Archive for August, 2008

Apparel protection

I had no idea our 3-year-old would identify so strongly with his brother’s clothes.

See, we had a T-shirt we’d bought for our 7-year-old, and it was a little too small for him.

And it was a Pokemon shirt, befitting elder brother’s current obsession with that phenomenon.

So, the Pokemon shirt was transplanted to the 3-year-old’s clothing inventory. But the other day, when I pulled it out for him to wear, he objected. Quite strenuously.

“That’s my brother’s,” he insisted. “It’s not mine. It’s his.”

This, coming from a kid who typically believes EVERYTHING is his, so long as he and the thing are in the same ZIP code.

Frankly, I was amazed. He wants to be like his brother in so many ways, but can’t bear the thought of wearing his clothes.

Guess we’ll have to re-think the hand-me-down concept. At least a little.

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Pride in the alleys

Truly, there’s nothing like a family excursion to the local bowling alley to convince you that your kids, early in their lives, have the ability to systematically humble you.

Actually, it’s a reminder that pride doesn’t really fit with parenting.

The bumpers were up, to prevent gutter balls, but I think both the kids could have beaten me anyway. I’m a lousy bowler, granted, but you still don’t want a 7-year-old and a 3-year-old to show you up in athletic endeavors like this.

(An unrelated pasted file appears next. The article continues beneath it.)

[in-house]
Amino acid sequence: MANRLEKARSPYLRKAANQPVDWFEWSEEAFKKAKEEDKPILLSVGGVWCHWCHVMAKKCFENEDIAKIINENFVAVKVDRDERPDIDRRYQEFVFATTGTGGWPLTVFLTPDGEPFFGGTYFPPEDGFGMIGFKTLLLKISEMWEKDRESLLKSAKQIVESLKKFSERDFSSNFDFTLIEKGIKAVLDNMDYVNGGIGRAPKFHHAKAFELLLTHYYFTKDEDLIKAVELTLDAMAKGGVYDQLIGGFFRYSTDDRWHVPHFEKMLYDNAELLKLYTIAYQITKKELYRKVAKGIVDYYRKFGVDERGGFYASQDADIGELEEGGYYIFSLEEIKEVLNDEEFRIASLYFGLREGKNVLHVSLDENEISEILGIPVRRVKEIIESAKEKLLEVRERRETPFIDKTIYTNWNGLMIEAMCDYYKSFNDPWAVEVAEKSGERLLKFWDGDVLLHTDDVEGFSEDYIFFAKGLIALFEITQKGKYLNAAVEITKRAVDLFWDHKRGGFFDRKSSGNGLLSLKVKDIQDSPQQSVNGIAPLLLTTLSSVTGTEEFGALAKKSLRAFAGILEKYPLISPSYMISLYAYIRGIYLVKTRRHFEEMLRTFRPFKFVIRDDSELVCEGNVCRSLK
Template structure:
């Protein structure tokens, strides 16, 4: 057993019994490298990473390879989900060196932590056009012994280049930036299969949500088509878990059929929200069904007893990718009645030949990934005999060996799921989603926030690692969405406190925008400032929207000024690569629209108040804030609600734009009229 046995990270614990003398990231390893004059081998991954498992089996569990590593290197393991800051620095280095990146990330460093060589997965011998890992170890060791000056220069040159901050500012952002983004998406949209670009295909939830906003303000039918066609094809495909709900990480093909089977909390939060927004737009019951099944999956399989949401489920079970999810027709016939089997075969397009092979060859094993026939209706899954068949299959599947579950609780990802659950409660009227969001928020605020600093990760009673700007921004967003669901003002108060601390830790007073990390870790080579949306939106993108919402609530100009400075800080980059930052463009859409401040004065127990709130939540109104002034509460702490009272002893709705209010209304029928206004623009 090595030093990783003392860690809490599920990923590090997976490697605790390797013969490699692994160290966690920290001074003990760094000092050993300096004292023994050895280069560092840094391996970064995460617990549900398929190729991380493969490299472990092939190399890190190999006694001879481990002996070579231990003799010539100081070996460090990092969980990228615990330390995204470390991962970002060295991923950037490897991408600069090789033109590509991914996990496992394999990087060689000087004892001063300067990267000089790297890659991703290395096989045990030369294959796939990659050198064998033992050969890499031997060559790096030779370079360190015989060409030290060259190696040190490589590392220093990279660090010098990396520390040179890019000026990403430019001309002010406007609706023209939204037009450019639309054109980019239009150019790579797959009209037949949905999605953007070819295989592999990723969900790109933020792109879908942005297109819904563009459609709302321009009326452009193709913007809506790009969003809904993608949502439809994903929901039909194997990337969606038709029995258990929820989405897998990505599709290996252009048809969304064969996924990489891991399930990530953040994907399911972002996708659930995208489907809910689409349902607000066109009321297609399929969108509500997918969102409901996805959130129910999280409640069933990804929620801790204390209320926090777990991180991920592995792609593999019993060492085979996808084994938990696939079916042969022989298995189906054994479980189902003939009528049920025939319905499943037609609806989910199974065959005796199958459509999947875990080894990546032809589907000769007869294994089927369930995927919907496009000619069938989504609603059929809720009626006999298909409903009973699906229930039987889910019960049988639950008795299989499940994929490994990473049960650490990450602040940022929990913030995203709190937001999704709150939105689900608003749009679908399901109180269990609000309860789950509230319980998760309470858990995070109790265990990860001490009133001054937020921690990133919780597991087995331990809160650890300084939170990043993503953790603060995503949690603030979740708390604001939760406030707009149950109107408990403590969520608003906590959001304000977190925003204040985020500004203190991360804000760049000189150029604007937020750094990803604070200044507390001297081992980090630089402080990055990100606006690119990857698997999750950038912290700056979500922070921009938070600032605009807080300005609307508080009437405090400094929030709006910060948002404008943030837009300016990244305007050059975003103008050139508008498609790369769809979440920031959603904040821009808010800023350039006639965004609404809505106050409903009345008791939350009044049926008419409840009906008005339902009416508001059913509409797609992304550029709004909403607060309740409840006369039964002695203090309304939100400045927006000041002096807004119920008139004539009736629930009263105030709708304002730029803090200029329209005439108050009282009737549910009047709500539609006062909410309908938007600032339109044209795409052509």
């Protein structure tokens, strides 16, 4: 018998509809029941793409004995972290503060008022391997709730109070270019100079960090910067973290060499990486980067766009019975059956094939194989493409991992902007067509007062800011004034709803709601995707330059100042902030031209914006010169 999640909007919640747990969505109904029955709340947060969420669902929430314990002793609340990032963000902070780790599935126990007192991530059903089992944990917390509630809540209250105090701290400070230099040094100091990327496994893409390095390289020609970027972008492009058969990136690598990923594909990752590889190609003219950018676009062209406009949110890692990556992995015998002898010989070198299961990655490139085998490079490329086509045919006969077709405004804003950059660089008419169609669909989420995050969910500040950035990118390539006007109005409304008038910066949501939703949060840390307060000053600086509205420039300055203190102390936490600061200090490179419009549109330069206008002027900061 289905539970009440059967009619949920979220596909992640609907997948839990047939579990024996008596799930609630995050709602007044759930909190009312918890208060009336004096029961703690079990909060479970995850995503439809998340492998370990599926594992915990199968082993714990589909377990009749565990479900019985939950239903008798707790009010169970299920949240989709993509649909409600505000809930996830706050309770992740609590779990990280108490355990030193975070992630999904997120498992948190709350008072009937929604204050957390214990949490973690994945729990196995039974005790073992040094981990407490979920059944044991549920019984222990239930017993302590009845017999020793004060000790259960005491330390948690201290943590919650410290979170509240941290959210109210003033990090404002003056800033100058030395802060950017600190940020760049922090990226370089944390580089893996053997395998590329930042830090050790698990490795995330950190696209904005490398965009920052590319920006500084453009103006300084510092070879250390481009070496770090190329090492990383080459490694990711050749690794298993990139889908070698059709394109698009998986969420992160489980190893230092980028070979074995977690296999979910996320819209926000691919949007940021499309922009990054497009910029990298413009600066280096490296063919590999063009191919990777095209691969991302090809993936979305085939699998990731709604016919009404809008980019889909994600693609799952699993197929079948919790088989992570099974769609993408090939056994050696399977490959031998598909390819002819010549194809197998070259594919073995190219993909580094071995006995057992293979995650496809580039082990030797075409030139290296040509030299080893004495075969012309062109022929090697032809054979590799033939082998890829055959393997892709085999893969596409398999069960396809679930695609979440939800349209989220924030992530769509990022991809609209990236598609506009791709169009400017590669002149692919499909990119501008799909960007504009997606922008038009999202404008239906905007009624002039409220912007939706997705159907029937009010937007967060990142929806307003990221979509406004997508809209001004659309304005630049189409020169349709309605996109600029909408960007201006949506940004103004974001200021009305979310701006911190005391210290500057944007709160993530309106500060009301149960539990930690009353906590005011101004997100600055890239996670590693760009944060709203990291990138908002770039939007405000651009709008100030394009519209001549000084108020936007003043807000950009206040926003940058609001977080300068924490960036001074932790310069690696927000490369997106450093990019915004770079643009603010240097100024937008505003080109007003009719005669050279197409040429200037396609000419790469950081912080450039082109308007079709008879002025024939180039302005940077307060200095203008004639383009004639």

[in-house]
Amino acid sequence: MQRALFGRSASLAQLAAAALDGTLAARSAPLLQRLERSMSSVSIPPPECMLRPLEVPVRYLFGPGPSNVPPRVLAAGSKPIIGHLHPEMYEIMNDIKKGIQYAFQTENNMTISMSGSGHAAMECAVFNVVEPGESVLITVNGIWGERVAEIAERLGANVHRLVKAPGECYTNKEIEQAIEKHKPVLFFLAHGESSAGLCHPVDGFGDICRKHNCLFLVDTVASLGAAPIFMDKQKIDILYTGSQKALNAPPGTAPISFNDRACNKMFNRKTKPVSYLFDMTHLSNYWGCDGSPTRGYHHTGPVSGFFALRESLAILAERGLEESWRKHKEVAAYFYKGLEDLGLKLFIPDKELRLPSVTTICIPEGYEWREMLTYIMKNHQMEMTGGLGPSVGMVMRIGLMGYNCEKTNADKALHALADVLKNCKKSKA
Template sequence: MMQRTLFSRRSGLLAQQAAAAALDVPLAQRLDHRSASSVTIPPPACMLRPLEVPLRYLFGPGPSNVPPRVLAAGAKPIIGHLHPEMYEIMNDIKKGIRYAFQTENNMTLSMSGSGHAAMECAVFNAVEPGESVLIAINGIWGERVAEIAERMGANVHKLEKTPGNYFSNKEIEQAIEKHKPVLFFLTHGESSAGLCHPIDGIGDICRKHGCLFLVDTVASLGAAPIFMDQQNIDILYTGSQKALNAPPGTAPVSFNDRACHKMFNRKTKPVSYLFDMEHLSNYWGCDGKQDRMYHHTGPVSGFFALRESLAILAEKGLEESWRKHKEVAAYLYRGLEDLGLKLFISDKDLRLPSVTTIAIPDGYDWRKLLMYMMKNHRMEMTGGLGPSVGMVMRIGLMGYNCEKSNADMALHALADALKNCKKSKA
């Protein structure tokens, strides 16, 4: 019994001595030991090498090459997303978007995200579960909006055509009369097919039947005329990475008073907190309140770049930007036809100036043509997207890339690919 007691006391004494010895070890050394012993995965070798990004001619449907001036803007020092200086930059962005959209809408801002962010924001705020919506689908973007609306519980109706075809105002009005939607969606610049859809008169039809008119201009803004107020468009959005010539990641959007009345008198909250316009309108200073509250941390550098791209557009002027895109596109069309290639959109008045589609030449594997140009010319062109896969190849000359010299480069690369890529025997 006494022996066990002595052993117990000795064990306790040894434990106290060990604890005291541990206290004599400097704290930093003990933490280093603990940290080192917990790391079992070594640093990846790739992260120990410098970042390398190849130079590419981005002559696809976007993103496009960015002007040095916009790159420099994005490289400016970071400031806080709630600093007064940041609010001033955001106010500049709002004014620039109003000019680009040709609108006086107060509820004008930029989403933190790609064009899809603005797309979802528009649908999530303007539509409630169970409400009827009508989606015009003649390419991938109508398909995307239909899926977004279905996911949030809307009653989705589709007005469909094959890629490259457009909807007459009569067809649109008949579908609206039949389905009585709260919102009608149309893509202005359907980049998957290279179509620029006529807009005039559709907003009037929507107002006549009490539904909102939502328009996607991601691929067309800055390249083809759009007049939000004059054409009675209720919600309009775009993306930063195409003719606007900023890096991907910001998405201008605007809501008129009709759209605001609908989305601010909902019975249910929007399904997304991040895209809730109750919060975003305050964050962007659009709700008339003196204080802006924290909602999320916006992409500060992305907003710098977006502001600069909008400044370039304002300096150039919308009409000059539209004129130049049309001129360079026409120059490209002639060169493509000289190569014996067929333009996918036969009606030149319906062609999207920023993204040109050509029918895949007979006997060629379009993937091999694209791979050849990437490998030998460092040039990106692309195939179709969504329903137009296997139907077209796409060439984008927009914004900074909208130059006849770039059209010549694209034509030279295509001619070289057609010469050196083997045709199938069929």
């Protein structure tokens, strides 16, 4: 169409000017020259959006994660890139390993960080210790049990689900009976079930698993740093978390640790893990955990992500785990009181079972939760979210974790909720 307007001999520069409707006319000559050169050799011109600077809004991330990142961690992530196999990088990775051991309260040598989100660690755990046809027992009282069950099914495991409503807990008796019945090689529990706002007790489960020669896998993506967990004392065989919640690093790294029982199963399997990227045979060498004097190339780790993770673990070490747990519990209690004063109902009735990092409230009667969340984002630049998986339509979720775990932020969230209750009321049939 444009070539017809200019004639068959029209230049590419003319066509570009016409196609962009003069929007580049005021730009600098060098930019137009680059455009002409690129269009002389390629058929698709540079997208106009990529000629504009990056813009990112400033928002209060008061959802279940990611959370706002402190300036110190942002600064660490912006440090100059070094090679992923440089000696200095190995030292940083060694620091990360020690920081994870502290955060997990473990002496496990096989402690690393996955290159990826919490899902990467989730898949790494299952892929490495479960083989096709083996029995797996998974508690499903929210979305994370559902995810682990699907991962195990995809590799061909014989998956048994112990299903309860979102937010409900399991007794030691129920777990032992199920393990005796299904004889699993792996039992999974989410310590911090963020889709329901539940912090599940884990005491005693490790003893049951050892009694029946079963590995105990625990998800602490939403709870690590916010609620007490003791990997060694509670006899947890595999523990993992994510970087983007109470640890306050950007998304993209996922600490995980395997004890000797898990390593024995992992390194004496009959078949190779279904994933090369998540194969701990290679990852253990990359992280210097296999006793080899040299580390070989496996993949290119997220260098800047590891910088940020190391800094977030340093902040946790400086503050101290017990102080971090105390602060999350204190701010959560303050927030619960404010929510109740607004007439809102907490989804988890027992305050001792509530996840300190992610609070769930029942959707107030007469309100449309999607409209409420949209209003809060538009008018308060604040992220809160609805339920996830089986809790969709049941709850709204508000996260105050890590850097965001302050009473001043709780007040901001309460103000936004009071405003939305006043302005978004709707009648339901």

And show me up they did. Even the guy in the lane next to us noticed how effective our 3-year-old’s style was. “I want him to bowl for me,” the guy said.

I haven’t been bowling for years, and it’s fantastic. They even have sports on the flat-screens of lanes that aren’t in use. I watched the Cubs and NASCAR while we bowled. How fantastic is that?

All I know is, I want a rematch.

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Surgery rebound

Kids are tough — tougher than their parents, in many cases.

Count this as my latest parenting lesson, as I watched our 7-year-old recover from tonsil/adenoid surgery over the past week and a half or so.

Granted, I wasn’t there every minute — my wife and I split duties last week as our patient hung around the house, inhaling ice cream and diving deep into the Pokemon world on his three gaming platforms — but from what I saw, he really did extremely well.

I can’t say the day of surgery was a picnic. As he came through the recovery area, he had some rather unpleasant things to say about the whole experience. But I chalk that up to anesthesia and the trauma of surgery, which can hit anyone hard (even if it’s a so-called “minor” procedure).

And waking him up the first few nights to keep a supply of painkiller in his system was a battle, nearly every time.

But it seems he understood the process, and what he needed to do to get better. He even became an expert at rating his pain on a 1-to-10 scale. Fortunately, he rarely got past a 5.

His 3-year-old brother, on the other hand, keeps asking if his brother’s tonsils will come back. We’ve told him they’re gone permanently, and that it’s a good thing, but he’s not getting the message yet.

But our routine is returning to normal, and the patient is ready for his post-recovery routine.

His worried parents, it would seem, can relax. Even if just a bit.

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